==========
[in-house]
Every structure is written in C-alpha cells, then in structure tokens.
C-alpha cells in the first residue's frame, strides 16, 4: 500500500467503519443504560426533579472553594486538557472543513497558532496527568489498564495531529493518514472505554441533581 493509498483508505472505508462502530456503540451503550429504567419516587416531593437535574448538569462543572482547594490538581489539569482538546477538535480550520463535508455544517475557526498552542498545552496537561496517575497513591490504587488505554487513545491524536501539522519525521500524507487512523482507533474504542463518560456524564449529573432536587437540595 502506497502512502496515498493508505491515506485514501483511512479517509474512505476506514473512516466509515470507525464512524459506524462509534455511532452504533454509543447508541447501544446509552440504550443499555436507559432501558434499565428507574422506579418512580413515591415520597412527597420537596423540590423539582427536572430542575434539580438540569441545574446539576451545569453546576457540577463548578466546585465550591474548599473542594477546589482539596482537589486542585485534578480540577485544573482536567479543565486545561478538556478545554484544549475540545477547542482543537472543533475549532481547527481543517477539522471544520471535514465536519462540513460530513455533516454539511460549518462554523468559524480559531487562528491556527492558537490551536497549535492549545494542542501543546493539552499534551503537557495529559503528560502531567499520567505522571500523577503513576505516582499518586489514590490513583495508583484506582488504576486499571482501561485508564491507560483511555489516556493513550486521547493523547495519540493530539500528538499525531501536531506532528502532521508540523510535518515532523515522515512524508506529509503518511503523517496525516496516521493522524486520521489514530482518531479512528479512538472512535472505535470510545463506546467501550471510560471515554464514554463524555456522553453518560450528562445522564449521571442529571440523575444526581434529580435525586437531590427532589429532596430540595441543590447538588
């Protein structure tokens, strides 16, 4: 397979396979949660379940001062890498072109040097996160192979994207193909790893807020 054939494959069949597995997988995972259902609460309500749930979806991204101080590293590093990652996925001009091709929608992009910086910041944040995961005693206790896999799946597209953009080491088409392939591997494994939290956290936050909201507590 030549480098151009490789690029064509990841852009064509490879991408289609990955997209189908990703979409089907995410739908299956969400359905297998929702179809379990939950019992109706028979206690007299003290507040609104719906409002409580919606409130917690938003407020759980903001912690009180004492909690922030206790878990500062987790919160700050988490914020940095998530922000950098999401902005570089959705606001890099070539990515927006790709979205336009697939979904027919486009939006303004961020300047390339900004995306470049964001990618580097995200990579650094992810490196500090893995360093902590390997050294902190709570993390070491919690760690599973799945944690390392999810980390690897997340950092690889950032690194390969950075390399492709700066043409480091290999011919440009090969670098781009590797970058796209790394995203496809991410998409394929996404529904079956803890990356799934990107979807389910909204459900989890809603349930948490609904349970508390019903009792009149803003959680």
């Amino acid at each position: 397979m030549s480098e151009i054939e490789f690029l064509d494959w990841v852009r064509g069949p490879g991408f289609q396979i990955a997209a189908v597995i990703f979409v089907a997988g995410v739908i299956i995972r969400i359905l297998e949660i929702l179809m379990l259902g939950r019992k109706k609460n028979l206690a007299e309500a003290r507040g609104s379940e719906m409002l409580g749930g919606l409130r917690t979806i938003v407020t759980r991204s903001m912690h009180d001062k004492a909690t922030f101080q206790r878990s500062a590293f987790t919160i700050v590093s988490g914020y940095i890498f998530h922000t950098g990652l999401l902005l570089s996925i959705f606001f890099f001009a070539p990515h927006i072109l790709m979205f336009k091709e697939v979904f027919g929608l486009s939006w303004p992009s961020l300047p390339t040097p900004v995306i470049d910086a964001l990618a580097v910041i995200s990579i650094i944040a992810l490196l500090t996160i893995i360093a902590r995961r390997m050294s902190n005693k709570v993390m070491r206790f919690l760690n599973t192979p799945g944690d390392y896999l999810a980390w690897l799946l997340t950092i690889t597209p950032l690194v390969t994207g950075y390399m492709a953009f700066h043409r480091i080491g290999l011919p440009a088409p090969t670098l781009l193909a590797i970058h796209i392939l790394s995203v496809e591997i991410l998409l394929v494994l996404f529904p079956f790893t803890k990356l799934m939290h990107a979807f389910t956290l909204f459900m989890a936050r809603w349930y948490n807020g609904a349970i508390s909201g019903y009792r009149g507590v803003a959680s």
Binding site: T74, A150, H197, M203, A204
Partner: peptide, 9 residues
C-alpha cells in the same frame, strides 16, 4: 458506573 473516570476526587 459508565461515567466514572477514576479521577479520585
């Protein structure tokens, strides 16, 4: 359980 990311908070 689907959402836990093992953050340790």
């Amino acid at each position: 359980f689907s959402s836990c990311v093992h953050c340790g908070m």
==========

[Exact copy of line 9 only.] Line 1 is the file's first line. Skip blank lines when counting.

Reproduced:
């Protein structure tokens, strides 16, 4: 359980 990311908070 689907959402836990093992953050340790």